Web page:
Not long before the rising of Congress intelligence was received that the Constellation, an American frigate of 38 guns, commanded by Commodore Truxton, had captured a French frigate, of the largest class, after a sharp action, and thus gave an earnest of the skill and prowess which were, at a subsequent day, to characterize the American navy. The exploit was very differently received by the two parties. Whilst it was regarded by the federalists as adding cause of party triumph to the honest exultation of patriotism, the republicans saw in it an accession of strength to those whom they believed already too strong for the interests of the country, and a further widening of the breach with the only power which could save that country from a close and fatal connexion with England. It is however always an unfortunate position, and commonly a culpable one, in which a citizen cannot rejoice at the victories of his country

A few days afterwards Mr. Jefferson set out for Virginia and called on Mr. Madison on his way to Monticello.

. The election of members of Congress as well as delegates to the assembly coming on at this time, in Virginia, great exertions were made by both parties to add to their strength both in the national and state legislature. General Marshall, the late minister to France, was a candidate for Congress in the district in which he resided. His known talents and weight of character, together with the eclat he had acquired both by his firm and manly course towards the French government, and the ability with which he had defended that course in his despatches, would bring great support to the administration in the House of Representatives. For the same reason his election was vehemently opposed by the republican party, but he finally prevailed.

On the other hand, Mr. Madison, who had been in private lise for the last two years, now became a member of the legis. lature of Virginia, for the purpose of making a fuller and more effectual appeal to the other states on the violations of the constitution in the alien and sedition laws; especially as several of the states had passed resolutions in opposition to those passed at the preceding session of the Virginia assembly. To counteract him, Patrick Henry, who had refused the mission to France, was also elected to the assembly by the friends of the administration. Thus the two most distinguished champions for and against the present constitution, were, after the lapse of ten years, still found opposed to each other in its administration, but each fighting under the banners of the party it had formerly opposed. They were, however, not destined again to come into personal conflict, as Mr. Henry died about two months after he was elected.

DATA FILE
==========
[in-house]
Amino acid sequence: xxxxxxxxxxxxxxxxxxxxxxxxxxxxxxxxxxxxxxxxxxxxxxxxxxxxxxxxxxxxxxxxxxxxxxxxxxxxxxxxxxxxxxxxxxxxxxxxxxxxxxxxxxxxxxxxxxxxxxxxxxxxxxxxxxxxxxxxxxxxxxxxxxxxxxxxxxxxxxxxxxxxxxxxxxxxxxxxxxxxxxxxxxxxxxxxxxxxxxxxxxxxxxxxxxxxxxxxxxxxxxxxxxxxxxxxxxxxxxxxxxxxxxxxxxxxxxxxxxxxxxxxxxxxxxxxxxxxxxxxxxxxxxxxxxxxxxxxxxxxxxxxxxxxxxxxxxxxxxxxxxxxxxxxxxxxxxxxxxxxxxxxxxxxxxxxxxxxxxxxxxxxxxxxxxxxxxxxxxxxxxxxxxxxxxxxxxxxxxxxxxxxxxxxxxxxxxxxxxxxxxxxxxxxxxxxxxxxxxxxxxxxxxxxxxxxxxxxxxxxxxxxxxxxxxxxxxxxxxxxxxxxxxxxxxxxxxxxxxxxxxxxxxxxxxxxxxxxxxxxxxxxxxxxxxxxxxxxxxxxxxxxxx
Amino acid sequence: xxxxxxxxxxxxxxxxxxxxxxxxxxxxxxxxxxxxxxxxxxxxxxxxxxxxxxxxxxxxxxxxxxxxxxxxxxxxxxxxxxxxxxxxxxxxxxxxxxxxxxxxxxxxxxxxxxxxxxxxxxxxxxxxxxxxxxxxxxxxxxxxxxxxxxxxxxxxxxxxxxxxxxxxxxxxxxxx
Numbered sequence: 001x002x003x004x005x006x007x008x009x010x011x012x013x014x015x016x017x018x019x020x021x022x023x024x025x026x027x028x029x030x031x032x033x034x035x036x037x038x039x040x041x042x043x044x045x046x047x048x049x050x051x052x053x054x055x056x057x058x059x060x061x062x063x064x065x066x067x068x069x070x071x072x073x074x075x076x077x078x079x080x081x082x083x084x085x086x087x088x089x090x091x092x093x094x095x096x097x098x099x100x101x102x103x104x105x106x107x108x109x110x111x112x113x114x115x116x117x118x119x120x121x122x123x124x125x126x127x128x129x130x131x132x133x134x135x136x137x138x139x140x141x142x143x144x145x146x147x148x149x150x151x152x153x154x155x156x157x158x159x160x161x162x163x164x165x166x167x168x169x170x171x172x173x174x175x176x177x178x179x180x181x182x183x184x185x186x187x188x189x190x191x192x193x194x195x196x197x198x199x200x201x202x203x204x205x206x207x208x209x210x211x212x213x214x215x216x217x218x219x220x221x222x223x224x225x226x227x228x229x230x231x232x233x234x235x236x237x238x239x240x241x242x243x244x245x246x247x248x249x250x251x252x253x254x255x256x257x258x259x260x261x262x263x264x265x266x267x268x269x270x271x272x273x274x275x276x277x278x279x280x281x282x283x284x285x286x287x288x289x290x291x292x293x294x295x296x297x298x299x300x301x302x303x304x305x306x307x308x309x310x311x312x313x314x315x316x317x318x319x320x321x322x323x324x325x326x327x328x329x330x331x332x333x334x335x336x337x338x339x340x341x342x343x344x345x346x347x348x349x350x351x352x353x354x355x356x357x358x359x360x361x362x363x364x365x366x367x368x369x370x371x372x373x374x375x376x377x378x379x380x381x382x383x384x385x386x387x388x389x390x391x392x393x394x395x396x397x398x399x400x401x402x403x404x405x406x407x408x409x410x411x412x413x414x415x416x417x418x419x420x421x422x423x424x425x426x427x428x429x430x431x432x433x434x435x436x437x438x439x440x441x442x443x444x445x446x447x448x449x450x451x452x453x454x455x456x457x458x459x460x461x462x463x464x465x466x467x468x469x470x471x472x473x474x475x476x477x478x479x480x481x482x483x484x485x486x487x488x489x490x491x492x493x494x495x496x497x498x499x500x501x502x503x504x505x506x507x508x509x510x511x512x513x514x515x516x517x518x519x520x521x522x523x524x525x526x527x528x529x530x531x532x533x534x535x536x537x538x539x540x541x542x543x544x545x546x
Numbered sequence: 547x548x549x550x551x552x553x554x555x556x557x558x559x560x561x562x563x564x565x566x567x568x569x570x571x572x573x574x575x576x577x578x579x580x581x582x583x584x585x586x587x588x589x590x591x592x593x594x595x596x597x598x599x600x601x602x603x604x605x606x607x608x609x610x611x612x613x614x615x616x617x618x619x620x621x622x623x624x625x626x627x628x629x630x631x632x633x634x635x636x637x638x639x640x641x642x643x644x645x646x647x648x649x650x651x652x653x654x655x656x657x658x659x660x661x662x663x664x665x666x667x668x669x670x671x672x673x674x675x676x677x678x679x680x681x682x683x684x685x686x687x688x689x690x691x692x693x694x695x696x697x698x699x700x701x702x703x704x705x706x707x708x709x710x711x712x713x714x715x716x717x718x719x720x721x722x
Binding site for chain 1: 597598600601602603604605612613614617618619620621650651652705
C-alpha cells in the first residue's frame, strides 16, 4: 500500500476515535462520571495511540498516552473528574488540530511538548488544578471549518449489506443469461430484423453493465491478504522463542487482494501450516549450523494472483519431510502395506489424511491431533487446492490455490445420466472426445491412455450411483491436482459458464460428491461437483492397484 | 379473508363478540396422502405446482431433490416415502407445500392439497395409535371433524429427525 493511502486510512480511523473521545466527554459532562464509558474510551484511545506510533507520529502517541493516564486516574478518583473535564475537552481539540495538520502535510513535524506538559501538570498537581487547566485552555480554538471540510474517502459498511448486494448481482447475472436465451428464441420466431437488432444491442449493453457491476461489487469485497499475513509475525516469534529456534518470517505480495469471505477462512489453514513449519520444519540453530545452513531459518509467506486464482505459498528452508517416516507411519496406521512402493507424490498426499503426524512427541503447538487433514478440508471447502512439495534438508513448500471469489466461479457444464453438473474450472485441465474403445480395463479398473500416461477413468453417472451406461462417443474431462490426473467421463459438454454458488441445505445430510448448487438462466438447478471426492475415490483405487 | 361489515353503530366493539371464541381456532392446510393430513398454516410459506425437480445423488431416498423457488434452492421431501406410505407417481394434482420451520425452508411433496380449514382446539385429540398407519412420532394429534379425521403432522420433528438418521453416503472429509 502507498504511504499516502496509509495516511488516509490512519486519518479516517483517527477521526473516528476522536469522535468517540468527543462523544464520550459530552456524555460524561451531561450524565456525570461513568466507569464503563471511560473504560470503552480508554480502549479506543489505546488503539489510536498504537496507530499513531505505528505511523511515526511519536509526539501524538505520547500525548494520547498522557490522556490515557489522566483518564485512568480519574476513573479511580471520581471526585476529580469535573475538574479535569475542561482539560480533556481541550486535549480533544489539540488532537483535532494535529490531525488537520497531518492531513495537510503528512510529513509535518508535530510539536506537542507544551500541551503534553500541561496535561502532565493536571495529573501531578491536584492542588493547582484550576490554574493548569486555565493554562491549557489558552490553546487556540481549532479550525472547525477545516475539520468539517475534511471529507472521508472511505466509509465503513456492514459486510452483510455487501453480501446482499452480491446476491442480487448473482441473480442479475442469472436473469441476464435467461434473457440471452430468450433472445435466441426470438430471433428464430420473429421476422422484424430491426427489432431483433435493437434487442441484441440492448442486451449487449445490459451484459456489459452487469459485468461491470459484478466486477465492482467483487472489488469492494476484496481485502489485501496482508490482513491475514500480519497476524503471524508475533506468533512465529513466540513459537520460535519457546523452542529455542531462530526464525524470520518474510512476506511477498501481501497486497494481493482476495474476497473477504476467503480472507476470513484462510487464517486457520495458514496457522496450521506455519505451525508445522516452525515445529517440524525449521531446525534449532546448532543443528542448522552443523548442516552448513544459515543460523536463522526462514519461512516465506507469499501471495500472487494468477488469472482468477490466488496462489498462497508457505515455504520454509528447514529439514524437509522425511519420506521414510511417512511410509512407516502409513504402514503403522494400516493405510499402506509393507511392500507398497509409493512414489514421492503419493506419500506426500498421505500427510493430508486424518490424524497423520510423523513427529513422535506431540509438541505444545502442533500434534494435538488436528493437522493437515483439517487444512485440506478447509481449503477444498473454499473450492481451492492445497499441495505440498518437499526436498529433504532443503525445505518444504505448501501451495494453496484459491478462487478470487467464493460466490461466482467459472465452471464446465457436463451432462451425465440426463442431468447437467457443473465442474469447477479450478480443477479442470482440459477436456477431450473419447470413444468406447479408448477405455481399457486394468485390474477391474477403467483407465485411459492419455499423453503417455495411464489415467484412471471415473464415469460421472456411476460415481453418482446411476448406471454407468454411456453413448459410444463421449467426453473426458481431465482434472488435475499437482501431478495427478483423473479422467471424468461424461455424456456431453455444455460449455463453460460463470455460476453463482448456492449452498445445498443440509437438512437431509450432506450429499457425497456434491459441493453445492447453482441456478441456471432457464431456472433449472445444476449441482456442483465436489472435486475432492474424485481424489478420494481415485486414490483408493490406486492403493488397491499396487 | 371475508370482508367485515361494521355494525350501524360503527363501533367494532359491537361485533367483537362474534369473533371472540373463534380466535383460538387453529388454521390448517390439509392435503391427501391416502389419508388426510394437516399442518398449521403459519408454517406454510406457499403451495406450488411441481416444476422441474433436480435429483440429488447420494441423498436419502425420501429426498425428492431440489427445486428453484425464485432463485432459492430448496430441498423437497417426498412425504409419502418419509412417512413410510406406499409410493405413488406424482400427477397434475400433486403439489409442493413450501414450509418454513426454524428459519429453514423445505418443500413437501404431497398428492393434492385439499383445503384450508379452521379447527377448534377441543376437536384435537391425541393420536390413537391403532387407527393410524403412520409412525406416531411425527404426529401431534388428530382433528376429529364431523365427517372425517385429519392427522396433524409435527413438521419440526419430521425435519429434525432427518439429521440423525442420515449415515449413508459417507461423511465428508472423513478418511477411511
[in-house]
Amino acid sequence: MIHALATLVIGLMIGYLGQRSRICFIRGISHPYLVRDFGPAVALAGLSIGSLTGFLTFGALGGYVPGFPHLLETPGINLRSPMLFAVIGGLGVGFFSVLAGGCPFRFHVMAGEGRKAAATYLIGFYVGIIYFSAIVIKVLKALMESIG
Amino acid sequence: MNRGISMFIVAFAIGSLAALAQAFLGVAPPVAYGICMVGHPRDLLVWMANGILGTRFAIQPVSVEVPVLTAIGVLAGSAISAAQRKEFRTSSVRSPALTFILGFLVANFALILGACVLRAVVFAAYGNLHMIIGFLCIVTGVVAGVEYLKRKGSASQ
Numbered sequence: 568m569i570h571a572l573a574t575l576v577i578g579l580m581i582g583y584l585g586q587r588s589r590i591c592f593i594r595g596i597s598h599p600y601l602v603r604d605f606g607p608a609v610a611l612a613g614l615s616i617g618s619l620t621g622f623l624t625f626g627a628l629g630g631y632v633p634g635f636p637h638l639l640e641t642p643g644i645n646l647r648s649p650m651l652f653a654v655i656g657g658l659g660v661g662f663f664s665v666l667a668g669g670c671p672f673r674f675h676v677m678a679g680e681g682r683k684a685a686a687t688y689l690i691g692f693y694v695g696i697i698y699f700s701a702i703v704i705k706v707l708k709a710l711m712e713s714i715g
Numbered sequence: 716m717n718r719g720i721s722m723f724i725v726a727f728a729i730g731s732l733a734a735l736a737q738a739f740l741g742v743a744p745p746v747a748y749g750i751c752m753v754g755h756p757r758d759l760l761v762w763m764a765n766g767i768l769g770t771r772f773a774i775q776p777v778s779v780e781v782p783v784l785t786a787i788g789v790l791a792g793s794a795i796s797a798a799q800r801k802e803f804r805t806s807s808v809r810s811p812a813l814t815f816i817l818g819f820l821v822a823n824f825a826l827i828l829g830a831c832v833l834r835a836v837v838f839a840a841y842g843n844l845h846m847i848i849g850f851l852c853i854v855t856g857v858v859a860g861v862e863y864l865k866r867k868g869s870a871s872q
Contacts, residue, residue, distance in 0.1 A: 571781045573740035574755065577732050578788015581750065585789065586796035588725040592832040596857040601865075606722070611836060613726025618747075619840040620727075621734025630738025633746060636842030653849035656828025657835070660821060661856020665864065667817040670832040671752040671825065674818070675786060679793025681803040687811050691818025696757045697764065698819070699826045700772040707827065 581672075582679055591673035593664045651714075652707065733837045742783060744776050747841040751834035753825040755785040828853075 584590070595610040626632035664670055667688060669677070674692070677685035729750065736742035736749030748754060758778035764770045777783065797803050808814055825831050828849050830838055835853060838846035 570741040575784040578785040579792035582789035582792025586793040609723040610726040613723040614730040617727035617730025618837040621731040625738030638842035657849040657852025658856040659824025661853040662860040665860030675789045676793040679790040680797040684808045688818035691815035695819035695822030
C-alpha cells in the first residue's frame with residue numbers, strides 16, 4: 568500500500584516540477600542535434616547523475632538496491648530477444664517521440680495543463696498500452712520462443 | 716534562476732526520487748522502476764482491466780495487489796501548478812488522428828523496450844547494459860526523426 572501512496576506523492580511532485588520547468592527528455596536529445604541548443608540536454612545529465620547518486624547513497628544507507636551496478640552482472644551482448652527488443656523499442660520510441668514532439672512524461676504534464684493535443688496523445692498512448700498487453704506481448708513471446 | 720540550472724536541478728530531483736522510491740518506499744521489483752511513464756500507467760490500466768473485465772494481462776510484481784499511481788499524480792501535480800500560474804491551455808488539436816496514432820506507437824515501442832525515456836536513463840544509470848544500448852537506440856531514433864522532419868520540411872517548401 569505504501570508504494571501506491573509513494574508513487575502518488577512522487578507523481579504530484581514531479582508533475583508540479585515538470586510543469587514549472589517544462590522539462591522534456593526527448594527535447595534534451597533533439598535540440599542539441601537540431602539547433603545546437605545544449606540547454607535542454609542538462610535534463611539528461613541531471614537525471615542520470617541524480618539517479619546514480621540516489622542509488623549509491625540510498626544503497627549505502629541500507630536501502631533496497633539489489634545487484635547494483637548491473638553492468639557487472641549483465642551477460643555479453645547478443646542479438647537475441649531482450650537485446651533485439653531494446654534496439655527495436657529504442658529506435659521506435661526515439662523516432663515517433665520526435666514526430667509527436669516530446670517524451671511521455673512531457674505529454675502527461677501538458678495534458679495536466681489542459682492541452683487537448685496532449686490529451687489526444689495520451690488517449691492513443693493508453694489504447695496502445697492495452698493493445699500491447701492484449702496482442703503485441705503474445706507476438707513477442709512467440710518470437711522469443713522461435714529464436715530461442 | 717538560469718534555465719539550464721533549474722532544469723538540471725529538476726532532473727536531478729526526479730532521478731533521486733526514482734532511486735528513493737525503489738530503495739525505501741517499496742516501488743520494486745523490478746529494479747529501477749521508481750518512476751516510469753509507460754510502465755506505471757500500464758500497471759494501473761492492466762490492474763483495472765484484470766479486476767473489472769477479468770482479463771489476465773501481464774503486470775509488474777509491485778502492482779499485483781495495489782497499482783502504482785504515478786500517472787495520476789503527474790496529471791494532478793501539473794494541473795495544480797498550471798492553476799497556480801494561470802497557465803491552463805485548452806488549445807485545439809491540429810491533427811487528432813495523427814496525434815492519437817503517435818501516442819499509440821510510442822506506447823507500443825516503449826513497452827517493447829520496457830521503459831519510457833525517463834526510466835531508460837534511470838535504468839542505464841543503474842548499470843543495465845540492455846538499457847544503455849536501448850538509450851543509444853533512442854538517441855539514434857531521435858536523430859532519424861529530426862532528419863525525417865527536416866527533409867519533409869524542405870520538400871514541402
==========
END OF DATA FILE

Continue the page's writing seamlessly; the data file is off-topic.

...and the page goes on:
From the manner in which Mr. Jefferson speaks of the despatches from the American envoys at Paris, and the censure

which he evidently attaches to two of them, Generals Marshall and Pinckney, it may be thought that he means to question their veracity. Yet on a closer view, it will be found that he does not call in question the facts stated by them, but only that the persons whom they supposed to be informal agents of the French government, had no such authority, and were in fact swindlers who were disposed to profit by the known alienation which then existed between the two governments: and that our ministers were to blame either for their too easy credulity, or because they did not make greater efforts for removing the obstacles which had thus presented themselves to the negotiation: that they wanted, as he intimates in his letter to Mr. Gerry, “that flexibility which persons earnest after peace would have practised:” that their manner was cold, reserved, and distant, if not backward: and that if they had yielded to those informal conferences which Talleyrand seemed to have courted, liberal accommodations would have been effected."

If there ever was any ground for even these suspicions, they have since been completely removed. The narrative of our envoys has been confirmed by the impartial testimony of all parties in Europe, and now meets with universal assent in America. Yet when looked at by the jaundiced eyes of party, it is not wonderful that the blame of the failure should have been thrown on their domestic rivals rather than on foreign friends; and when Mr. Jefferson limits his censure to their too easy credulity, or to a want of cordiality and perseverance, although we may admit that he too is unjust, it must also be admitted that his injustice has been less harsh and illiberal than that which his political adversaries often dealt out to him.

His confident expectation of a revolution in public sentiment is manifested in a letter to Mr. Lomax, an old college friend, on his return to Monticello. “You ask for any communication I

may be able to make, which may administer comfort to you. I can give that which is solid. The spirit of 1776 is not dead. It has only been slumbering.” He then proceeds to detail the grounds of these his favourable expectations: "Pennsylvania, Jersey and New York are coming majestically round to the